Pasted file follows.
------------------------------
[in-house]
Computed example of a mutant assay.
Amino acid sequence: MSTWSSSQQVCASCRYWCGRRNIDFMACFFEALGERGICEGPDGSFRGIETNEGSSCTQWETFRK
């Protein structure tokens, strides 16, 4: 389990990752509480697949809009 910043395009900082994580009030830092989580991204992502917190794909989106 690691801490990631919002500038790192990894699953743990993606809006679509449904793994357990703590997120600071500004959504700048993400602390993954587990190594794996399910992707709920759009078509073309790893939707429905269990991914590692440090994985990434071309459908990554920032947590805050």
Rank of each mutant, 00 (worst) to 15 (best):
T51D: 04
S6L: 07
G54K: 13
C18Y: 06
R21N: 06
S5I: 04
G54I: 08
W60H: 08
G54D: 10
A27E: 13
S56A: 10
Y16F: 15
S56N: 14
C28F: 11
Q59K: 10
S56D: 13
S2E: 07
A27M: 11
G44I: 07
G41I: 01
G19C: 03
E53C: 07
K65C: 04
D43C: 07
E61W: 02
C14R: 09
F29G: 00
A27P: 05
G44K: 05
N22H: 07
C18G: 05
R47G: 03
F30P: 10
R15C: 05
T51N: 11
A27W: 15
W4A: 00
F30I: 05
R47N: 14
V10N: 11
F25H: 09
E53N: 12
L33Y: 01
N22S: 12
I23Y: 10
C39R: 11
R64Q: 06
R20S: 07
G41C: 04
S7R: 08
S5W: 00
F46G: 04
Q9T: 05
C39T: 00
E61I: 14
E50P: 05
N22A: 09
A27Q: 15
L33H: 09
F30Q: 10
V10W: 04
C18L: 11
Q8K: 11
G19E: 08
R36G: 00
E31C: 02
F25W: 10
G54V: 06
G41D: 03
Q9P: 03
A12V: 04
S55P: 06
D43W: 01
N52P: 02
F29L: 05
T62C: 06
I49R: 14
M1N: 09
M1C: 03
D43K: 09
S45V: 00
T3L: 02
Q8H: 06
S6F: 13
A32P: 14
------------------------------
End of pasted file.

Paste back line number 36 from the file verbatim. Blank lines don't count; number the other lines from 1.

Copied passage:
C18G: 05